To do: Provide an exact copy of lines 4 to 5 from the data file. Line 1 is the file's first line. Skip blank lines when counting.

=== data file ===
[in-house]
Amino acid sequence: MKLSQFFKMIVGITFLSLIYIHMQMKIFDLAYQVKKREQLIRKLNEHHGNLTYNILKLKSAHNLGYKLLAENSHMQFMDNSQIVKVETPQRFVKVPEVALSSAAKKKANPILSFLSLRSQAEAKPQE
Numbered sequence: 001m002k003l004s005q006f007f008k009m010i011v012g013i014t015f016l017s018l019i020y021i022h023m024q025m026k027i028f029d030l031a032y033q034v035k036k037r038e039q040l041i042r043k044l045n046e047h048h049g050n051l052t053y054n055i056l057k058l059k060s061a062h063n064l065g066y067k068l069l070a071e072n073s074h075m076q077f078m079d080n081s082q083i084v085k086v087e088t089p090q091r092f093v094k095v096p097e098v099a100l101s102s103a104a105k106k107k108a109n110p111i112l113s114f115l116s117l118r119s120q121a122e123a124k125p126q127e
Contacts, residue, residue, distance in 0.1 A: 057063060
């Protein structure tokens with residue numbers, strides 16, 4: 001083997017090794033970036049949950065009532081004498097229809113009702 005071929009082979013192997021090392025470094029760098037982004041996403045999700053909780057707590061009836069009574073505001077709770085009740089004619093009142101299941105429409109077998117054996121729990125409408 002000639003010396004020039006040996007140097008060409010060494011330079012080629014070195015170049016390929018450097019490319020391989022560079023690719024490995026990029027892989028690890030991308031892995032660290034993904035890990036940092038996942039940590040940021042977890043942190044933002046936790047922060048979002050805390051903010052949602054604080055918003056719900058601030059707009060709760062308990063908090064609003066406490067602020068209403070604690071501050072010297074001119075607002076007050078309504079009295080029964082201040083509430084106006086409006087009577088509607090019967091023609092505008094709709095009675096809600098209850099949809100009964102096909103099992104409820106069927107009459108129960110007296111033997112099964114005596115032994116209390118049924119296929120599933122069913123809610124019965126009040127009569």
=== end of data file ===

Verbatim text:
Contacts, residue, residue, distance in 0.1 A: 057063060
């Protein structure tokens with residue numbers, strides 16, 4: 001083997017090794033970036049949950065009532081004498097229809113009702 005071929009082979013192997021090392025470094029760098037982004041996403045999700053909780057707590061009836069009574073505001077709770085009740089004619093009142101299941105429409109077998117054996121729990125409408 002000639003010396004020039006040996007140097008060409010060494011330079012080629014070195015170049016390929018450097019490319020391989022560079023690719024490995026990029027892989028690890030991308031892995032660290034993904035890990036940092038996942039940590040940021042977890043942190044933002046936790047922060048979002050805390051903010052949602054604080055918003056719900058601030059707009060709760062308990063908090064609003066406490067602020068209403070604690071501050072010297074001119075607002076007050078309504079009295080029964082201040083509430084106006086409006087009577088509607090019967091023609092505008094709709095009675096809600098209850099949809100009964102096909103099992104409820106069927107009459108129960110007296111033997112099964114005596115032994116209390118049924119296929120599933122069913123809610124019965126009040127009569």